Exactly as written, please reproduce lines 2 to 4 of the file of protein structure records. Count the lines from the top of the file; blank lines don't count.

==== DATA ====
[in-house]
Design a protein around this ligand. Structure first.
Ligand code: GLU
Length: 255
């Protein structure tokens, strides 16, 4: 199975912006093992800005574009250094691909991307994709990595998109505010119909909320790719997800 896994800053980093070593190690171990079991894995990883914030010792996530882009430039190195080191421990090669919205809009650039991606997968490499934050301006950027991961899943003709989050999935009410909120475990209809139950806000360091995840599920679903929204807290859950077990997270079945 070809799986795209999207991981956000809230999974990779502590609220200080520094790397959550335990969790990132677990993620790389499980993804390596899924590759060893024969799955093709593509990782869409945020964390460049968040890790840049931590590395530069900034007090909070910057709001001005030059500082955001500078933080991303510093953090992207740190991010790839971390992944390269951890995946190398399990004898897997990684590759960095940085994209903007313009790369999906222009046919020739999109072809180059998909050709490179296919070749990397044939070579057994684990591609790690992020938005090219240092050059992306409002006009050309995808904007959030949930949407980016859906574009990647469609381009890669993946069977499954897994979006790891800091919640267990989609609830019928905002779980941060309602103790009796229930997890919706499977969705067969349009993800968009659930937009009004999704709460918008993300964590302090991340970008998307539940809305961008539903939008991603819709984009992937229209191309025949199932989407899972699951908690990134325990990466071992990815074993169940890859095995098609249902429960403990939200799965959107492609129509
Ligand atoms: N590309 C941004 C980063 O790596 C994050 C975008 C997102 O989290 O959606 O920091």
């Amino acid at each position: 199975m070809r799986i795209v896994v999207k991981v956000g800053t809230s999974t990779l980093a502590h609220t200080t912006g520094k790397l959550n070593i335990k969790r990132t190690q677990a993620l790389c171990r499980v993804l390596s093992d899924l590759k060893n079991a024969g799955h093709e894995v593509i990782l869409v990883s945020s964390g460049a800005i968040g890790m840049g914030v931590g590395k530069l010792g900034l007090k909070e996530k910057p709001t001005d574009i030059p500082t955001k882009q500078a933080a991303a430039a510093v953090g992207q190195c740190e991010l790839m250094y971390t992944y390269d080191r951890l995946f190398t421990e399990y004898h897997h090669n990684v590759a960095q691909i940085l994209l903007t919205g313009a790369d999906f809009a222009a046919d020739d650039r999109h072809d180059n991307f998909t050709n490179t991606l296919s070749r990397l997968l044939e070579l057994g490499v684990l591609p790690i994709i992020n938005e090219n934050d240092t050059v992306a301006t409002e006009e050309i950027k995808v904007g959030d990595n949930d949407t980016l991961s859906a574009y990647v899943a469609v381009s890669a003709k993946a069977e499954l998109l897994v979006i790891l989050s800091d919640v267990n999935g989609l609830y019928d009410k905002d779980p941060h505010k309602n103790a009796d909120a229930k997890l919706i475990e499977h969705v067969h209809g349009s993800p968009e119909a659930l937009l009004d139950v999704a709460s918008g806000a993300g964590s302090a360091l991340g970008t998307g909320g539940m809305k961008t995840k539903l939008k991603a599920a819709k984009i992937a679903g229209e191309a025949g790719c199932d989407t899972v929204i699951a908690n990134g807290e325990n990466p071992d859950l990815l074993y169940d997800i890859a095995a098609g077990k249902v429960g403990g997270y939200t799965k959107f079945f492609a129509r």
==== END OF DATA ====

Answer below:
Design a protein around this ligand. Structure first.
Ligand code: GLU
Length: 255